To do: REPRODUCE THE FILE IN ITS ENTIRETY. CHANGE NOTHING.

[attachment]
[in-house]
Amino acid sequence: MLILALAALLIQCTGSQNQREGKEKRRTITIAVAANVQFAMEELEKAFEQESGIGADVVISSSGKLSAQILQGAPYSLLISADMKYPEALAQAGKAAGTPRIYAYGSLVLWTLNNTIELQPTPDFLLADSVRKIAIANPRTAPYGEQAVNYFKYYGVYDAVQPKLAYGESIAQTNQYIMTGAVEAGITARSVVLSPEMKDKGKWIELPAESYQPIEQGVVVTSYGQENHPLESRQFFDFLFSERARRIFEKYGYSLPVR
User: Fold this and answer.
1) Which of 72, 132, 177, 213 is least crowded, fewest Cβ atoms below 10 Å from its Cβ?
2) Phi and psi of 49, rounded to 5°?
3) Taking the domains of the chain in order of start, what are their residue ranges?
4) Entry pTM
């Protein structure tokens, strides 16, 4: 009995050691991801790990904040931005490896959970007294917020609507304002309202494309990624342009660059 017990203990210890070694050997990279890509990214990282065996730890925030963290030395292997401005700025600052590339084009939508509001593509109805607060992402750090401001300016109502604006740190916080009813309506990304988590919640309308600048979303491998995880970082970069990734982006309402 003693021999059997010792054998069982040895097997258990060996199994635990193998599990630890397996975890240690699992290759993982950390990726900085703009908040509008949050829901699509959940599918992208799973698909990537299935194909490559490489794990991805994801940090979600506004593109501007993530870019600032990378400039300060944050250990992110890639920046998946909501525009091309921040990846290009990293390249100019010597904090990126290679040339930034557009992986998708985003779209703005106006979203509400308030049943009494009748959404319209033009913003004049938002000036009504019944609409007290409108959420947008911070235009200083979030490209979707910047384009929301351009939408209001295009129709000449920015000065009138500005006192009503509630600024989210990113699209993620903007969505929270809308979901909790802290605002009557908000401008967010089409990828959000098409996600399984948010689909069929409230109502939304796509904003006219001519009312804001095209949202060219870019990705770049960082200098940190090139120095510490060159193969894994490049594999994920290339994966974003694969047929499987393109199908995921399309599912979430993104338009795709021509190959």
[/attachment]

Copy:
[in-house]
Amino acid sequence: MLILALAALLIQCTGSQNQREGKEKRRTITIAVAANVQFAMEELEKAFEQESGIGADVVISSSGKLSAQILQGAPYSLLISADMKYPEALAQAGKAAGTPRIYAYGSLVLWTLNNTIELQPTPDFLLADSVRKIAIANPRTAPYGEQAVNYFKYYGVYDAVQPKLAYGESIAQTNQYIMTGAVEAGITARSVVLSPEMKDKGKWIELPAESYQPIEQGVVVTSYGQENHPLESRQFFDFLFSERARRIFEKYGYSLPVR
User: Fold this and answer.
1) Which of 72, 132, 177, 213 is least crowded, fewest Cβ atoms below 10 Å from its Cβ?
2) Phi and psi of 49, rounded to 5°?
3) Taking the domains of the chain in order of start, what are their residue ranges?
4) Entry pTM
């Protein structure tokens, strides 16, 4: 009995050691991801790990904040931005490896959970007294917020609507304002309202494309990624342009660059 017990203990210890070694050997990279890509990214990282065996730890925030963290030395292997401005700025600052590339084009939508509001593509109805607060992402750090401001300016109502604006740190916080009813309506990304988590919640309308600048979303491998995880970082970069990734982006309402 003693021999059997010792054998069982040895097997258990060996199994635990193998599990630890397996975890240690699992290759993982950390990726900085703009908040509008949050829901699509959940599918992208799973698909990537299935194909490559490489794990991805994801940090979600506004593109501007993530870019600032990378400039300060944050250990992110890639920046998946909501525009091309921040990846290009990293390249100019010597904090990126290679040339930034557009992986998708985003779209703005106006979203509400308030049943009494009748959404319209033009913003004049938002000036009504019944609409007290409108959420947008911070235009200083979030490209979707910047384009929301351009939408209001295009129709000449920015000065009138500005006192009503509630600024989210990113699209993620903007969505929270809308979901909790802290605002009557908000401008967010089409990828959000098409996600399984948010689909069929409230109502939304796509904003006219001519009312804001095209949202060219870019990705770049960082200098940190090139120095510490060159193969894994490049594999994920290339994966974003694969047929499987393109199908995921399309599912979430993104338009795709021509190959």